NEW PORT RICHEY — The Grace of God Church on Rowan Road has been a polling location without issue here for at least a decade, said Pasco County Supervisor of Elections Brian Corley.
That is until Tuesday morning, when the Rev. Al Carlisle decided to take a stand and posted a small handmade sign outside in marker.
“DON’T VOTE FOR DEMOCRATS ON TUESDAY AND SING ‘OH HOW I LOVE JESUS’ ON SUNDAY,” it read, followed by an exclamation point drawn out of a cross.
Carlisle said his sign isn’t meant to discourage voting for Democrats but to discourage doing so while claiming to be Christian.
“I’m not saying don’t (vote Democrat),” he said, taking specific issue with progressive support for abortion rights and of the LGBTQ community. “I’m saying don’t be a contradiction.”
He also criticized Democrats in favor of open borders, saying they oppose Christian values in the Bible, which he said explains that God established borders for the Garden of Eden.
If people are offended by his sign, Carlisle said, they have a problem, not him. And their problem is with God.
Corley’s office received about 75 complaints on the phone by 2 p.m. as word of the sign spread. The pastor had posted a picture of it on the church’s Facebook page. Corley said the sign is “not appropriate,” but there’s nothing he can do because it’s on private property, just outside the 100-foot perimeter where campaigning is banned around polling locations.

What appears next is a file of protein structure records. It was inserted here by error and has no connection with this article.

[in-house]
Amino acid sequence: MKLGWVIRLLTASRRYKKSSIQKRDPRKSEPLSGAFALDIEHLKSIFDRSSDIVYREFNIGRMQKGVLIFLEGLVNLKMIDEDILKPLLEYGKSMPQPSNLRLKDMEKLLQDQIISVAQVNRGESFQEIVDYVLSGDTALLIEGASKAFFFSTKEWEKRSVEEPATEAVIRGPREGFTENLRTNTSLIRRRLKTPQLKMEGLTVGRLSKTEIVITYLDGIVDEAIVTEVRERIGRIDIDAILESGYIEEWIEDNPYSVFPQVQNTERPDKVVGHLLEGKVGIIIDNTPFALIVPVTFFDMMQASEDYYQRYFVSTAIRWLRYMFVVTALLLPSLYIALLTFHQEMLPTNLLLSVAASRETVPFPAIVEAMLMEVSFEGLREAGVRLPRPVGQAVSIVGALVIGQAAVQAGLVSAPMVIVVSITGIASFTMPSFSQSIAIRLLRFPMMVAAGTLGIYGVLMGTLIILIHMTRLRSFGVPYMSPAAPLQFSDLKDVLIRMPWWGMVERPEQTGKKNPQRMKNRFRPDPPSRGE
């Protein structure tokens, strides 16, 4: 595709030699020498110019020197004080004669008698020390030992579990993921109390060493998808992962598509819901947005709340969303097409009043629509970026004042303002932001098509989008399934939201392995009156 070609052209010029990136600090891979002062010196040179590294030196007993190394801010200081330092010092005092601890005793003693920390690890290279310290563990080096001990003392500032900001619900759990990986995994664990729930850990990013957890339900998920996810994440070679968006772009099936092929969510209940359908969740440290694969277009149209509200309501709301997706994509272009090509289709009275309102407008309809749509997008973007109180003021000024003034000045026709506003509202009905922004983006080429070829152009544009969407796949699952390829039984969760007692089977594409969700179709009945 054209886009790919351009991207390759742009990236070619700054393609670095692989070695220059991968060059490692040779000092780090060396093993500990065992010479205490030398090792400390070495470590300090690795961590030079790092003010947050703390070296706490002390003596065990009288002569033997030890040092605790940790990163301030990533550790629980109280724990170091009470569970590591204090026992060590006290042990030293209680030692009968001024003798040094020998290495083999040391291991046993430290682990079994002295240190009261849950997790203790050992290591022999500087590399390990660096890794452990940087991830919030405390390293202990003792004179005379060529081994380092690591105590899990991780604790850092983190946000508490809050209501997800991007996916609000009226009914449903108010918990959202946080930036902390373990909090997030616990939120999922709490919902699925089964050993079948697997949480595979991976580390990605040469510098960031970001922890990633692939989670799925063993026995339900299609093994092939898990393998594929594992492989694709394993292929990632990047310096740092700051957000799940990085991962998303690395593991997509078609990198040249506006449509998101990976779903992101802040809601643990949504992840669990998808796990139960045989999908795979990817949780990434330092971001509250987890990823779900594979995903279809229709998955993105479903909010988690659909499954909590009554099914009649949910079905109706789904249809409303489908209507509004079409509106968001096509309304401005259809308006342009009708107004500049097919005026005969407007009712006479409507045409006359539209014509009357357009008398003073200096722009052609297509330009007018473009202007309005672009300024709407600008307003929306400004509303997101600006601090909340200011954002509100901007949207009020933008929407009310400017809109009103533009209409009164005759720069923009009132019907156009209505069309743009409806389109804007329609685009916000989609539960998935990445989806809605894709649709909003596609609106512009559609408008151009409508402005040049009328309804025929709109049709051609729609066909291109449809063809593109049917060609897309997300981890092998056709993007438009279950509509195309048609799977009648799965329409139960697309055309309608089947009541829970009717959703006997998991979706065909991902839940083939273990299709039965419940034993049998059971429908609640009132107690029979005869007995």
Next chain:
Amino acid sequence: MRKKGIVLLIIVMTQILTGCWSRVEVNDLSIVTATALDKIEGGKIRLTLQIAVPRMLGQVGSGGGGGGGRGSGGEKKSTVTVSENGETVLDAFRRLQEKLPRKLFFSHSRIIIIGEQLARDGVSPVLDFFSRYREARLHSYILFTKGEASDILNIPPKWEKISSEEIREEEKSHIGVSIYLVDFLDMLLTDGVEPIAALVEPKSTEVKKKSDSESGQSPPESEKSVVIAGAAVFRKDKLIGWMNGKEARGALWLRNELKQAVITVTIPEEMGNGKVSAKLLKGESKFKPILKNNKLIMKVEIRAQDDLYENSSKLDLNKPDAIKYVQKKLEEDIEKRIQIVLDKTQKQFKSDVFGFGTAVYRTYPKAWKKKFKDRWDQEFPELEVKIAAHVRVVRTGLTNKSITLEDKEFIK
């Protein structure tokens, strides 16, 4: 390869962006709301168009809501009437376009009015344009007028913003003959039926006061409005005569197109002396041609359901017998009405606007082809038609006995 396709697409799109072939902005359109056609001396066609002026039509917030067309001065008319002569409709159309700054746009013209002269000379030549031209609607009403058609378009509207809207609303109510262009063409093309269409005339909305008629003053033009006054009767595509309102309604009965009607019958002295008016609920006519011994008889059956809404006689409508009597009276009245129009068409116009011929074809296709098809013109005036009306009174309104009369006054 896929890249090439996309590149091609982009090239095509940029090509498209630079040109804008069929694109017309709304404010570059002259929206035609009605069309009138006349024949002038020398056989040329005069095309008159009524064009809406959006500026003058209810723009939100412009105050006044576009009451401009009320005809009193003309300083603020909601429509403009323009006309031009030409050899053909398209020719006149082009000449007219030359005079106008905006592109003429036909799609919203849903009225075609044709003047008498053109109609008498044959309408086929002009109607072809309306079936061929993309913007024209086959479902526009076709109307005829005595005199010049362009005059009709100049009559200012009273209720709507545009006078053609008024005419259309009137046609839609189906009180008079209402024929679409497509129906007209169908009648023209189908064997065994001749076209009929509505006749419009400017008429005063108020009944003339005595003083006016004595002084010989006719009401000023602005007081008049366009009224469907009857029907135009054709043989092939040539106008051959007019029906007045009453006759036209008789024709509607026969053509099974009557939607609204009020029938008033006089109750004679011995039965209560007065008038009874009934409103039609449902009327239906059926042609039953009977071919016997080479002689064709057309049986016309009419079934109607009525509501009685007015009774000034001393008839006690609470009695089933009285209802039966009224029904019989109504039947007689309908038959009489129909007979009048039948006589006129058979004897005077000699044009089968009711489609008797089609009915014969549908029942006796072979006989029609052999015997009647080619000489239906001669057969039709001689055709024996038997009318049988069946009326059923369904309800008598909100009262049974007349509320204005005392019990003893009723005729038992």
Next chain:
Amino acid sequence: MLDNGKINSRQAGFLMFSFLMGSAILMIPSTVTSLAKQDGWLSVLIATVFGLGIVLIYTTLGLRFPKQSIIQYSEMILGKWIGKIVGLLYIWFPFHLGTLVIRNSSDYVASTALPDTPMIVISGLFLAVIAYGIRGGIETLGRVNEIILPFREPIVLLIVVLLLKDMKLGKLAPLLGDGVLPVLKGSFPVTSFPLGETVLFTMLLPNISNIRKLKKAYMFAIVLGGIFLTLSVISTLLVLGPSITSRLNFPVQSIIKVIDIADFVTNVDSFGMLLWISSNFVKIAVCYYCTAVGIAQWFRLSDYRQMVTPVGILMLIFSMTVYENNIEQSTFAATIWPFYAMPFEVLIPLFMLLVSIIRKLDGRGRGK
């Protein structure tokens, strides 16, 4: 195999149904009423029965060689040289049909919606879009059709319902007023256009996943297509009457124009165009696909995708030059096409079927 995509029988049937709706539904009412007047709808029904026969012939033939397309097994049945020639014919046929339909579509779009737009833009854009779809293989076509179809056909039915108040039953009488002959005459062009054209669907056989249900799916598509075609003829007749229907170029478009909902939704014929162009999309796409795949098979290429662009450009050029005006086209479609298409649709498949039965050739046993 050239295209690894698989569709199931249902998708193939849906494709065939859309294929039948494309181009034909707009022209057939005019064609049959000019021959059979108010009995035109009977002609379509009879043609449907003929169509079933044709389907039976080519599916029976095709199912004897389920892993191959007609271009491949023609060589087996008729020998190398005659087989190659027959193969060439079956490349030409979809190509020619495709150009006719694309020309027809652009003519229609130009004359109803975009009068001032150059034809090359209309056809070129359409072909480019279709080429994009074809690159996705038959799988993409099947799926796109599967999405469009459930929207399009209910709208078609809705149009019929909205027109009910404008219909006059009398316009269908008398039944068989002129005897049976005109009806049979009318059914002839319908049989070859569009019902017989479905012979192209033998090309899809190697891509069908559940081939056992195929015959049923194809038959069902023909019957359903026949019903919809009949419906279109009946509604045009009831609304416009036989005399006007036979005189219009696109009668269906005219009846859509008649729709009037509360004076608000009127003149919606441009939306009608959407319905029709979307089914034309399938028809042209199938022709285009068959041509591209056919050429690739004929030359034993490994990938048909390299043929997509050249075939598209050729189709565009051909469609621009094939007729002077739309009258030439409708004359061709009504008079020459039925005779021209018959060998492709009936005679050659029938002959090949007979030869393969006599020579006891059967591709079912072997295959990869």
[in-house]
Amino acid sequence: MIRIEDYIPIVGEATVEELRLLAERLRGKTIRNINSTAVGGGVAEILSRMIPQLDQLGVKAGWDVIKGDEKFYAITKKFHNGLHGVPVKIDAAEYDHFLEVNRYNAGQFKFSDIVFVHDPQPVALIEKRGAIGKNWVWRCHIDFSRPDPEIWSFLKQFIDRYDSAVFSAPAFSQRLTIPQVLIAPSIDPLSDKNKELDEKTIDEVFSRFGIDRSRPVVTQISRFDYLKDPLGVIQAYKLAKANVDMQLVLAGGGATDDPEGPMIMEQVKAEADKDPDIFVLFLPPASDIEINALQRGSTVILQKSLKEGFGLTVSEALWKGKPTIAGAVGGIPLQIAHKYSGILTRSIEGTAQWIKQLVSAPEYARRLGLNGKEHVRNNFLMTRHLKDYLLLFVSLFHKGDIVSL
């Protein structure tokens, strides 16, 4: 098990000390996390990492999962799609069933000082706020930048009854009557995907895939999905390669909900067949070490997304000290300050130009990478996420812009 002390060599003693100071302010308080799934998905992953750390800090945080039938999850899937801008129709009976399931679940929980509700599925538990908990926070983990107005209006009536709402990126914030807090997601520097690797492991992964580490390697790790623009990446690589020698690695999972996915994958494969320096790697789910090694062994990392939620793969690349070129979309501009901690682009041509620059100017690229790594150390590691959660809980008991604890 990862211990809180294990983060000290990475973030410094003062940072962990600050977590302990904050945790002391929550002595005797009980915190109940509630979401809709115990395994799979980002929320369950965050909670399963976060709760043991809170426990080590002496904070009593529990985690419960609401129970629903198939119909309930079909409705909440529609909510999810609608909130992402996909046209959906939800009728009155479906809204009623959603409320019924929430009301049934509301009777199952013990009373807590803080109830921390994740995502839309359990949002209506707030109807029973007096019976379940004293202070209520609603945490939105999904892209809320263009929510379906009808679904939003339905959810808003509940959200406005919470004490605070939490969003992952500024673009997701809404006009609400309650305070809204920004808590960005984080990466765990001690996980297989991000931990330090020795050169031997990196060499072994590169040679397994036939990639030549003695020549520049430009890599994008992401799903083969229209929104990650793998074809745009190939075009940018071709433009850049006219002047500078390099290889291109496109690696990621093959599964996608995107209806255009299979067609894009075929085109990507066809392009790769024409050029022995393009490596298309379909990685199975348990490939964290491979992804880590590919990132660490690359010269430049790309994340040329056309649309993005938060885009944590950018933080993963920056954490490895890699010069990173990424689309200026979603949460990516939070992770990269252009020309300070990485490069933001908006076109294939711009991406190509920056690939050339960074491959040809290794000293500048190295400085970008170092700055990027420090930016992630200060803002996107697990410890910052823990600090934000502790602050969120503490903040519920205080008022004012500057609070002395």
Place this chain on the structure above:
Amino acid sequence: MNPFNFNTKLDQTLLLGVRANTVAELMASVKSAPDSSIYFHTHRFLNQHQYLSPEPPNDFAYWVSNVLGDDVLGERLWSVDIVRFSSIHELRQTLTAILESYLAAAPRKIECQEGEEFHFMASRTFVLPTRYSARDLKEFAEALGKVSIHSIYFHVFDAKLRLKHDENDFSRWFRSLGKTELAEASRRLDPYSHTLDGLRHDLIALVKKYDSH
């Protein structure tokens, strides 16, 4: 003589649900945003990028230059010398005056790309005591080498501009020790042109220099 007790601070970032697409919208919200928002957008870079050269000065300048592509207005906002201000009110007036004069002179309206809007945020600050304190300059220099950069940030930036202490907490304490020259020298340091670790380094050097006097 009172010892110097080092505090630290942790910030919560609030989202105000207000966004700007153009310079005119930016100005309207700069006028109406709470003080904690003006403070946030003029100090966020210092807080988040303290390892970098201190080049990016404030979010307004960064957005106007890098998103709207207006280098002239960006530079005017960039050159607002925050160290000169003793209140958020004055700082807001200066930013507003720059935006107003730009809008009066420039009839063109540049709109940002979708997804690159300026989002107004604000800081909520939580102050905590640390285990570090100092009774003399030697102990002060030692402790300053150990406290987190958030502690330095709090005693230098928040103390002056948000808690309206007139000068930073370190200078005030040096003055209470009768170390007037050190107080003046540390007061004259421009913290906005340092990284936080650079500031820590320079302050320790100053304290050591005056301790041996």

“I resent it when we’re trying to run an election,” Corley said. Initially, he said, the church told him a private citizen had put it up. He later learned that the private citizen was the pastor, who told the supervisor he put it up “individually, but the church supports it.”
“He began to lecture me. I explained to him it’s not a religious discussion,” Corley said. “I asked him politely if he’d remove it.”
After checking with his office’s general counsel and the state Division of Elections, the supervisor said, he was resigned to the fact that there was nothing he could do to get rid of the sign.
“We will not use the facility again,” as long as it has the same pastor, Corley said. To change a polling place, he added, he’ll need to take out legal notices in the newspaper and send out new information cards. That, he estimates, will cost between $3,000 and $5,000 of taxpayer money.
“Being a polling place is not a license to make political statements as the host,” Corley said.
Carlisle said he does not mind if the church is not a voting location next year.
His land is dedicated to God, he said, and “it doesn’t revert back to the county just because there’s an election here.”
The Tampa Bay Times this year is partnering with ProPublica to track voting issues. Got a problem or question? Find @TB_Times or @Electionland on Twitter, or email firstname.lastname@example.org.
Times staff writer Howard Altman and senior researcher Caryn Baird contributed to this report.